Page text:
Oh I have built a nice box in the rear, got some 1/4" red oak plywood years ago cheap, less that luan costs now, so I made 2 runners one on each side, put a 50" wide wall between them 30" from the rear, so the spare tire is boxed in the rear, I just made another 50" wide wall for the front, it's to be 14" high, plywood on top, and maybe a futon mattress on top to sleep on. I'm going to add a stereo system, so far I have a 6 1/4" component setup, then picked up a Pioneer system on sale, came with a pair of 6 1/4" and 6x9" speakers, the big stuff is in my other van waiting till this has the space ready, either my pair of RF HE2 12's or the RFR 15", not made up my mind, an alternator upgrade will be mandatory. I have an event in October, so I gotta get that bed done, been waiting on insulation, so I can cover the walls before finishing my framing.
way cool, this is my current system.. not happy with the MTX subs and debating whether to replace em with some better 12" subs or just one really good 12" sub rated for about 500wrms..
System Config: 2-way Active
Head Unit: Kenwood KDC-X597
Amplifier: MB Quart OA1100.5
Tweeters: Vifa BC25SC06-4
Midrange: CDT Audio CL-5
Subwoofer: MTX TNE212D
My stuff is power series, and power hungry, I don't think anything is as good as it used to be, my 15 is a Rockford Fozgate Power series competition sub, max RMS is 800 watts, back when the 800 watt amp made by them bench tested pushing 1100 watts, got one of those, back in the 90's, like 1992. The HE2 12's, they take a lot of power too, I'd love to put 4 SVC 10's in my van, those that just don't require such a big amp, I don't crank it up like I used to. My 2 12's worked the bolts out of the back windows, you could watch the walls of my van move as if it were breathing, I have them 4" from the back doors firing into them, using the space as if it's another port, a properly built box, one done to the speakers requirement, then tuned for the frequency desired, mine is 35 HZ, it makes all the difference in the world, these prefab boxes are a disgrace since all speakers aren't equal. Invest in a quality pair of speakers, then have a box built by a reputable shop that knows what they are doing.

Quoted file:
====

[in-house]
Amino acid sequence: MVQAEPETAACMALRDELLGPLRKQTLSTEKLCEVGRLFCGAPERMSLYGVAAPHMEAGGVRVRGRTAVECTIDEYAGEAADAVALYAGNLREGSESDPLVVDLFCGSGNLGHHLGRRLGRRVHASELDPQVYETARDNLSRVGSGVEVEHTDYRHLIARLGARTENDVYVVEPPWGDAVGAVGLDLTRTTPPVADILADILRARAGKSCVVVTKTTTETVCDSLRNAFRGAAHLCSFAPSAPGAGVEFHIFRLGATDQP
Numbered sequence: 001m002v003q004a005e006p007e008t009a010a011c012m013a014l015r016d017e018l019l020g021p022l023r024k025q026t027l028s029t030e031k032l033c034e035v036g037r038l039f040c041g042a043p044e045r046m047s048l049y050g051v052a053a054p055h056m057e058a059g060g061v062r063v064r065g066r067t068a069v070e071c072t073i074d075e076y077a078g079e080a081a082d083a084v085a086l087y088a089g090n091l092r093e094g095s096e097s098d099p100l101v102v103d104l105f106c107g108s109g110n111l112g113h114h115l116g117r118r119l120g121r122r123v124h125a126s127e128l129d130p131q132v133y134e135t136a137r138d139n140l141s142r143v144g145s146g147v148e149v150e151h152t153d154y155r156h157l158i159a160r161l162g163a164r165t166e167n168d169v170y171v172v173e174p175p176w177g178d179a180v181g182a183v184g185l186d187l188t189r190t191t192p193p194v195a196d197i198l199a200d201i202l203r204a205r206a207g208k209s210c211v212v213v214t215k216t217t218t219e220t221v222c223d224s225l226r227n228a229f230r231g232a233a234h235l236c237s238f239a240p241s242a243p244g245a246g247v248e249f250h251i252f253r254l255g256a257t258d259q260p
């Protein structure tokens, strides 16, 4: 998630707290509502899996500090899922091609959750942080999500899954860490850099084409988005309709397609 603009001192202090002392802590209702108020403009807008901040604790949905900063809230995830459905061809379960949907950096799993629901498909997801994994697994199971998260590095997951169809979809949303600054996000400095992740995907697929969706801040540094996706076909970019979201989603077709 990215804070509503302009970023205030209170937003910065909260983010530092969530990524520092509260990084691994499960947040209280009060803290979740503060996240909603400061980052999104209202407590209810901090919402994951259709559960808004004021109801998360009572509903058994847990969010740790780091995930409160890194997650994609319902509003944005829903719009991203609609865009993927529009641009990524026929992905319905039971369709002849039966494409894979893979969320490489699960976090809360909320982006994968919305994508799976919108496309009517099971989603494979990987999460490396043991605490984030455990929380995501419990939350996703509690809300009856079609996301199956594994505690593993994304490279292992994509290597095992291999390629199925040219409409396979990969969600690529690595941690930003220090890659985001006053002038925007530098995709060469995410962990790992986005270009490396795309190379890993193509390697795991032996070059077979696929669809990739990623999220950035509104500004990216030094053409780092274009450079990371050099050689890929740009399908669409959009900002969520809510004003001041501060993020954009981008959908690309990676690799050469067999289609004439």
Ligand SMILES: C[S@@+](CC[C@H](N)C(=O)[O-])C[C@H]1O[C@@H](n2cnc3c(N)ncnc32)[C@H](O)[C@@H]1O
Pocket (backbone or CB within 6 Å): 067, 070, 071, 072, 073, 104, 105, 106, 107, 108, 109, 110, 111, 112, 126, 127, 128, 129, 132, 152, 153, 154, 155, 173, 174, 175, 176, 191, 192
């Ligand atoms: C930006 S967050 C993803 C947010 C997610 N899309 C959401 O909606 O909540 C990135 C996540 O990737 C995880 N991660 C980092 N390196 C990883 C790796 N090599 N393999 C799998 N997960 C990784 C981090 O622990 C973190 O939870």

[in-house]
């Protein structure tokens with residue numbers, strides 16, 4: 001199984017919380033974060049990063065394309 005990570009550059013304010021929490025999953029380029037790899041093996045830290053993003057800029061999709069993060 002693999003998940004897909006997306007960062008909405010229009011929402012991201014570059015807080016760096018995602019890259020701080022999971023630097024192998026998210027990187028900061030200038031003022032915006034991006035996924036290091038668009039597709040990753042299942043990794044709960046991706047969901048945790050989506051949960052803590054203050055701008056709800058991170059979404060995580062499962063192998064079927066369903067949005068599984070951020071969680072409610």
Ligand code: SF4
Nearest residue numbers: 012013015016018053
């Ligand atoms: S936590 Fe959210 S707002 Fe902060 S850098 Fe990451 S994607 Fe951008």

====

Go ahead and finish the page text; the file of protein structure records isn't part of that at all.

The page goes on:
My wheelchair has yet to stop me from wrenching on my vans.
The 15" fires up, and is ported to the rear, needs rearranged to fire to the rear, replace the top and cut the face, but thinking of putting it in another box, under my bed, needs a builder to design it to my space. https://imageshack.com/i/f7m1wuj
My wheelchair has yet to stop me from wrenching on my vans.
So I get back from the camping weekend and call the garage that had just replaced the engine and told them about the engine codes. They said they would call me back. After a couple days and not hearing anything I just drove the van down and dropped it off. Next day I get a call from the garage owner. He hems and haws a bit then tells me that one possible reason for the codes is problems with the catalytic converters. They've tested mine and both have failed. New ones are around $800 each.
Did you ever have one of those moments of absolute clarity where you can actually see into the future? I had one right then and I'm betting some of you who have been in a similar situation have had one too. I'm going to spend a lot of money on this and it's not going fix the problem with the codes.
To be clear, I've no doubt the converters need replaced. The whole exhaust system had me worried for a while. Having dropped around $4500 on the new engine It just hurt to spend another big chunk of change. I really had no confidence that this would clear the codes and would have made a good bet that they had just hooked up something wrong on the engine rebuild.
There's a British saying, "In for Penny, in for a Pound." I was definitely already in for a penny so might as well go for the Pound. Told him to go ahead and replace the complete exhaust system.
Back up on the rack.
Notice the bulge between the muffler and the "Y". It's a flexible fitting that the old exhaust didn't have.